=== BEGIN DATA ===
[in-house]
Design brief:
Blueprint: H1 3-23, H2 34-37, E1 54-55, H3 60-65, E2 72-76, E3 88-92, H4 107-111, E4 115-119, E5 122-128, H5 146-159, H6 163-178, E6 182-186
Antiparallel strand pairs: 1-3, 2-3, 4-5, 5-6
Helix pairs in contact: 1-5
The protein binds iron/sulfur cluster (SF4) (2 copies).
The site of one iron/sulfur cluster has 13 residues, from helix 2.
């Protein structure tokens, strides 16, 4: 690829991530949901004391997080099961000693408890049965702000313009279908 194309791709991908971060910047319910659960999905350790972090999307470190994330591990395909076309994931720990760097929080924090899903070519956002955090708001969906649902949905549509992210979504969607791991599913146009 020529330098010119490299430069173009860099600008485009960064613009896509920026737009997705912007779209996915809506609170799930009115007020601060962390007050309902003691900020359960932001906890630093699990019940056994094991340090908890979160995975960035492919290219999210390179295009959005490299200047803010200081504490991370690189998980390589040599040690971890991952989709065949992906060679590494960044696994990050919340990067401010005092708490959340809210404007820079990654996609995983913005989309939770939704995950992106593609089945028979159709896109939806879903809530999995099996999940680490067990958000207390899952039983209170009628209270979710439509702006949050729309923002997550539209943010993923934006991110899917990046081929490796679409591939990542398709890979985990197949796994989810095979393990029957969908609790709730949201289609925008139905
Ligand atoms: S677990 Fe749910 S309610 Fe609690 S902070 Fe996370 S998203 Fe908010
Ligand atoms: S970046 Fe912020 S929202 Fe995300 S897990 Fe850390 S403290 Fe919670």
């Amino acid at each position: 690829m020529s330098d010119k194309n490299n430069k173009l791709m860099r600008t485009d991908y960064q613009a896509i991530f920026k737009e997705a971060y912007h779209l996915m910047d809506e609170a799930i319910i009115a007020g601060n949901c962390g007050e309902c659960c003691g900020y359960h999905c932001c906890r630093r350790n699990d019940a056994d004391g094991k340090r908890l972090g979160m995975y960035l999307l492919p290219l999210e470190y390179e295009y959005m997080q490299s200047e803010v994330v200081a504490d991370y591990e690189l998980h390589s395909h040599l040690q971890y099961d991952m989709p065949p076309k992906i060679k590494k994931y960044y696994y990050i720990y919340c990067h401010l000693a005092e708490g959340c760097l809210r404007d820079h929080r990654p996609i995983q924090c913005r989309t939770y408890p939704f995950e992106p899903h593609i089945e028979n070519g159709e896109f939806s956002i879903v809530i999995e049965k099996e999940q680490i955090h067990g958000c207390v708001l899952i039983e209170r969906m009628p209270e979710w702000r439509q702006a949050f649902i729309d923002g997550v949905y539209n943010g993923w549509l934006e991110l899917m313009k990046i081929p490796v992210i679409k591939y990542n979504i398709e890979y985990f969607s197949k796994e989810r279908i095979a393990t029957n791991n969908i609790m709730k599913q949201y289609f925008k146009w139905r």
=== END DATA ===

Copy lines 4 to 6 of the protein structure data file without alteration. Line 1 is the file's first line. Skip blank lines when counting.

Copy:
Antiparallel strand pairs: 1-3, 2-3, 4-5, 5-6
Helix pairs in contact: 1-5
The protein binds iron/sulfur cluster (SF4) (2 copies).